As POA you have the ability, with your mom having Alzheimers, of safely storing away all ckecks and money for safe keeping to prevent others from taking advantage of her. An inexpensive safe with a code to unlock it. The heavy metal ones, run a hundred or so but are well worth it as to keep all paper work and such as well. Don't buy the cheaper ones as they can easily be opened. Notify the bank of your mother's condition and not allow any new ckecks to be printed without your permission. Keep her credit cards as well, and tell her it's for safety. Only take out what she would need when going with you or fill in the check prior to her signature. I think this might help. Explain to your mom that it is a safety issue regarding fire and theft. Hope it works.


Barbara kate repa answered...

If your POA and trustee powers have been activated because of your mother's condition"”this generally takes the written opinion of one or more doctors"”then you do have the legal right and responsibility to manage your mother's money and property in her best interests.

If your daughter is getting in the way of you exercising this responsibility, make it very clear to her that she is in the wrong"”and that there are now legal controls on who controls her grandmother's funds.

If your daughter is coercing your mother to give her money and your mother "cooperates" in moments of seeming lucidity"”a sadly common occurrence"”then you might also do well to stop the leaking funds at their sources. Contact representatives at the bank, savings and loan, credit company, and all other financial institutions and emphasize that your mother's financial transactions need your approval.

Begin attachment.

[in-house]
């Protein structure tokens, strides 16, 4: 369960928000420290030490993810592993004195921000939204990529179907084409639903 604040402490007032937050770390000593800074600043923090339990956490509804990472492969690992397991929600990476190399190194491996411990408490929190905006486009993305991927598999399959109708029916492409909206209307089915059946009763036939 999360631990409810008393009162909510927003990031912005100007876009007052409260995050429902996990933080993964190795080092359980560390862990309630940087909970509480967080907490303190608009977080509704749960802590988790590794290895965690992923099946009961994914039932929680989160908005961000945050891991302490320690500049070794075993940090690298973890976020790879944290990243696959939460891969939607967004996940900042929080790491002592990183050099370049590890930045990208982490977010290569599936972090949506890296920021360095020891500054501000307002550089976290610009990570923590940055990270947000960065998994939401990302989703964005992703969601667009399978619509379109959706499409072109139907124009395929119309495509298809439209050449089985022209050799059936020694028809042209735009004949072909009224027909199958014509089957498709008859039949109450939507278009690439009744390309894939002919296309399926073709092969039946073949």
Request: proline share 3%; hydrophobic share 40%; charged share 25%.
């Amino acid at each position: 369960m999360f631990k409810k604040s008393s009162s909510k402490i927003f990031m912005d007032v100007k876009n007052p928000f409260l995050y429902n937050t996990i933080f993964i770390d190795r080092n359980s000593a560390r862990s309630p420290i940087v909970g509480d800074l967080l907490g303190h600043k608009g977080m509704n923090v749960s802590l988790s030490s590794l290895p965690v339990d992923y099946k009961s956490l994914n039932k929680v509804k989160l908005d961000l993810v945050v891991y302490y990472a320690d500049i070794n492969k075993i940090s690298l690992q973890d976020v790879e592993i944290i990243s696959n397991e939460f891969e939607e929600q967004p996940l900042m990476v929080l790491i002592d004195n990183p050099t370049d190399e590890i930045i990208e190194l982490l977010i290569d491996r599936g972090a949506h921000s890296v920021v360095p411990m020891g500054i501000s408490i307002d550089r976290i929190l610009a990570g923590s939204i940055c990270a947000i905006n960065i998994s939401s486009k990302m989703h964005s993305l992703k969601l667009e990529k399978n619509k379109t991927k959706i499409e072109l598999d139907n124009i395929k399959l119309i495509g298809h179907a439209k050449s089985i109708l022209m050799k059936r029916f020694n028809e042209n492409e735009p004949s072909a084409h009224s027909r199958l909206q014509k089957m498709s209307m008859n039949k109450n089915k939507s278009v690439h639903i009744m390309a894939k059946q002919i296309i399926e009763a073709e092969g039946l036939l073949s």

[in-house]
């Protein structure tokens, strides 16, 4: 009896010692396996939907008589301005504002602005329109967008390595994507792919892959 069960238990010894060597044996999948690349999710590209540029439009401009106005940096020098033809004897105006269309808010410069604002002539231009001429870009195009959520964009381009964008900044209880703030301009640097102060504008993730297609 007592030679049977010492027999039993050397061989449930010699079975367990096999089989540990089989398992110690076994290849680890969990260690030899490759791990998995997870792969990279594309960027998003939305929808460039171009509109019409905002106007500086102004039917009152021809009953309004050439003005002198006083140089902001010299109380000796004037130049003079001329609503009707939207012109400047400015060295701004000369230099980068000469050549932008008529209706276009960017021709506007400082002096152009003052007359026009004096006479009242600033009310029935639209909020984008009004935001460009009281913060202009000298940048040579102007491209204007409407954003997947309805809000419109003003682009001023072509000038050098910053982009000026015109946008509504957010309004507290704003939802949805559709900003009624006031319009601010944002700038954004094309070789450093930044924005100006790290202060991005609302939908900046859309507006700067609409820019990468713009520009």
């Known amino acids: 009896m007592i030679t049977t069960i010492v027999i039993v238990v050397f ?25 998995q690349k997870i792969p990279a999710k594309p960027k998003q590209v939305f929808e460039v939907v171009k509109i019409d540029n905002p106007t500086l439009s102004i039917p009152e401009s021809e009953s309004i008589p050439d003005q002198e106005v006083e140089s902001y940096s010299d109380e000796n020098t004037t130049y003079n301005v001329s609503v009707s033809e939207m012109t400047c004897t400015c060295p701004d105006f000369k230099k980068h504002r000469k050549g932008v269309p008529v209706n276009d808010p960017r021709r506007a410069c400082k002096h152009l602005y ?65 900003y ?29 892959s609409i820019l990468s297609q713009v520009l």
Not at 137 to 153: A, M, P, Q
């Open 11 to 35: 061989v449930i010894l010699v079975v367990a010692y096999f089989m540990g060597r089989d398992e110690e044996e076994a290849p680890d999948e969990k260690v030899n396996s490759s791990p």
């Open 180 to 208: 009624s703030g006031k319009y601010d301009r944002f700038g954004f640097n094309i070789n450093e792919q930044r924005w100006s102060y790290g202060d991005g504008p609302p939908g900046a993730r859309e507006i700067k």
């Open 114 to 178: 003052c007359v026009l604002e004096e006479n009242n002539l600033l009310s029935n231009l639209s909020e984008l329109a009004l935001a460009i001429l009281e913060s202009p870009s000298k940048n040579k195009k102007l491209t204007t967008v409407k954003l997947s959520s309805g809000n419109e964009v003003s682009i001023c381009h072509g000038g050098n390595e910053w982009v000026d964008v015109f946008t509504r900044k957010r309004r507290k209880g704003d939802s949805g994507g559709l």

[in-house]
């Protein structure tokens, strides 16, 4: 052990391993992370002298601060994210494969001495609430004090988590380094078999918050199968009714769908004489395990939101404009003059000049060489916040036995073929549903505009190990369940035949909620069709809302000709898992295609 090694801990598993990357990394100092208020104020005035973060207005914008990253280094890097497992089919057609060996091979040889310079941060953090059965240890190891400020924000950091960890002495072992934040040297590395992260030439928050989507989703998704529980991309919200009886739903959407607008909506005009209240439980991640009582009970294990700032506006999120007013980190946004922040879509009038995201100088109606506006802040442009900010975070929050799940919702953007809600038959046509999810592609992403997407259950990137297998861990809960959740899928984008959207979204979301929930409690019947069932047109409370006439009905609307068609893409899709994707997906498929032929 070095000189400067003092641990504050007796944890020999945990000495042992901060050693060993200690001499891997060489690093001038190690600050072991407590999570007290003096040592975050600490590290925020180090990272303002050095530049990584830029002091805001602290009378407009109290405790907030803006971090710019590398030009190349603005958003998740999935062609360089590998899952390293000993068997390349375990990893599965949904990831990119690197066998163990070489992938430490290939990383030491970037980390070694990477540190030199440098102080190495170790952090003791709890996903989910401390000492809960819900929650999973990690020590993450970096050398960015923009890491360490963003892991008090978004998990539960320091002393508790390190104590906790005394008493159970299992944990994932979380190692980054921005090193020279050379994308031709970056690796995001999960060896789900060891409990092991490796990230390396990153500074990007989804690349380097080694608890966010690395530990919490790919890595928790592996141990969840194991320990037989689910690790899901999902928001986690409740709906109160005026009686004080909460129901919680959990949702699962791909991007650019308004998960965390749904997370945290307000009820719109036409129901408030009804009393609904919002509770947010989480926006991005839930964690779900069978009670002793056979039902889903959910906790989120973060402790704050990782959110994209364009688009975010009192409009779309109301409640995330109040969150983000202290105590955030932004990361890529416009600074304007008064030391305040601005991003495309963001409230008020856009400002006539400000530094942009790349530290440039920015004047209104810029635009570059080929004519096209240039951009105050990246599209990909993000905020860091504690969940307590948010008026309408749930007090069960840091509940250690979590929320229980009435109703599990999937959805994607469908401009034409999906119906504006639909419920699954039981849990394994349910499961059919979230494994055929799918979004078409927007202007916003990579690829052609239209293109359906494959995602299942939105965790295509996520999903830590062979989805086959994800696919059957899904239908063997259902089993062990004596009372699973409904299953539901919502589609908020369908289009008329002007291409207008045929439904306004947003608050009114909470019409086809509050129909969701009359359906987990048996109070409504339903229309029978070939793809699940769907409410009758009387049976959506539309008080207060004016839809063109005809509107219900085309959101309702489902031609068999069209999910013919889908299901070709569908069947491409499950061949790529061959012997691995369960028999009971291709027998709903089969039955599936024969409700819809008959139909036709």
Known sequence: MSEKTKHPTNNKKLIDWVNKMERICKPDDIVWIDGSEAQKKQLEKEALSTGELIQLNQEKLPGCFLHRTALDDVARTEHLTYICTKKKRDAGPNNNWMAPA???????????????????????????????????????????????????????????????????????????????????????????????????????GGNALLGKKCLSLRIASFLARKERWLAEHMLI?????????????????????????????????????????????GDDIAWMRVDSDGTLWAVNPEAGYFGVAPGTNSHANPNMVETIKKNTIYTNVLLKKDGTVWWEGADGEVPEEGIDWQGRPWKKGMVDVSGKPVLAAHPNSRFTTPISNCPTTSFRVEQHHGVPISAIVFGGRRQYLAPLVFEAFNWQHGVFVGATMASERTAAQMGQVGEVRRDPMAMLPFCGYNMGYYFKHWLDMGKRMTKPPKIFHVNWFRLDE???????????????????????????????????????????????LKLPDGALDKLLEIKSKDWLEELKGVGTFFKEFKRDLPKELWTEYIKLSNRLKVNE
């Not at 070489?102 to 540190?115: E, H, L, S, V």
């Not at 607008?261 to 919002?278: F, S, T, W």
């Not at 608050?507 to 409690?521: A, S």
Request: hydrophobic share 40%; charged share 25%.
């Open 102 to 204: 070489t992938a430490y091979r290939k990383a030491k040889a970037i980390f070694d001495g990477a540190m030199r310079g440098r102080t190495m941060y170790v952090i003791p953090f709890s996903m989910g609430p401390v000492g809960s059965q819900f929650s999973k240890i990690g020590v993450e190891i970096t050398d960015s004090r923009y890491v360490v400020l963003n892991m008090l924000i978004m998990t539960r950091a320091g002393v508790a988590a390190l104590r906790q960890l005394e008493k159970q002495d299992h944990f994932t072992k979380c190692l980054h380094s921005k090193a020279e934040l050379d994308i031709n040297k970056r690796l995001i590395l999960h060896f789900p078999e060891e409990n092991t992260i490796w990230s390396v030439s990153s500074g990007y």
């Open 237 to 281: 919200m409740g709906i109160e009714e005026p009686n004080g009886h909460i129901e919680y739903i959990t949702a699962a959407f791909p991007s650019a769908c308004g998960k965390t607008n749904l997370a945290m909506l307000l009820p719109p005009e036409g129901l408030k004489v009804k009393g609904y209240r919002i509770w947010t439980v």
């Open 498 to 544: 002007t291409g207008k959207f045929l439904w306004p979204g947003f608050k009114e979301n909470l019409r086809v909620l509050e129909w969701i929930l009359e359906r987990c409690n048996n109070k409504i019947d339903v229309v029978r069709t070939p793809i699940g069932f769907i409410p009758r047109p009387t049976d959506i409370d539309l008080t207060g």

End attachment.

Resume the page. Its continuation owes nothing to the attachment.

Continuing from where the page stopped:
If your mother has access to her own financial accounts but is being pressured to dip into them, consider curtailing her access to those accounts and monitoring them closely through online access.

Finally, if your daughter is truly exerting undue influence on your mother, this could actually amount to the serious charge of elder abuse. Consider contacting the local Area Agency on Aging, which you can find through the national group's website at www.n4a.org. Helpline counselors there should be able to discuss your situation confidentially"”and make referrals to local resources for help or intercession where necessary.


Beenthere! answered...

Here is what my family did in a similar circumstance. All was not done at a single time. - Stay close and involved in her life - Closed existing financial accounts - Transfer monies and stocks into new accounts - Had one small balance small transaction bank account for Mom - Keep the largest balances at a separate institution - Allowed only electronic communication of account information to only the right people - no hard-copy mail - Replaced hard-copy statements with a monthly spreadsheet that contained balances for Mom's monthly review.
- Never speak badly of your misbehaving daughter to your Mom - If resources are significant, create and transfer assets to a Trust - Remove Mom from any and all trustee or executor privileges

Note, your daughter is not the only predator; others exist and will try and find her and drain the bank. Putting all assets into a Trust was a god-send in our real-life case where a predator couple targeted our Mom.


A fellow caregiver answered...

The daughter is trying to be a nurse for the Grandmother. If she is interested in the field why not enroll her in nursing school and allow her professional education. If you are a nurse, why would you expect your daughter to not be one?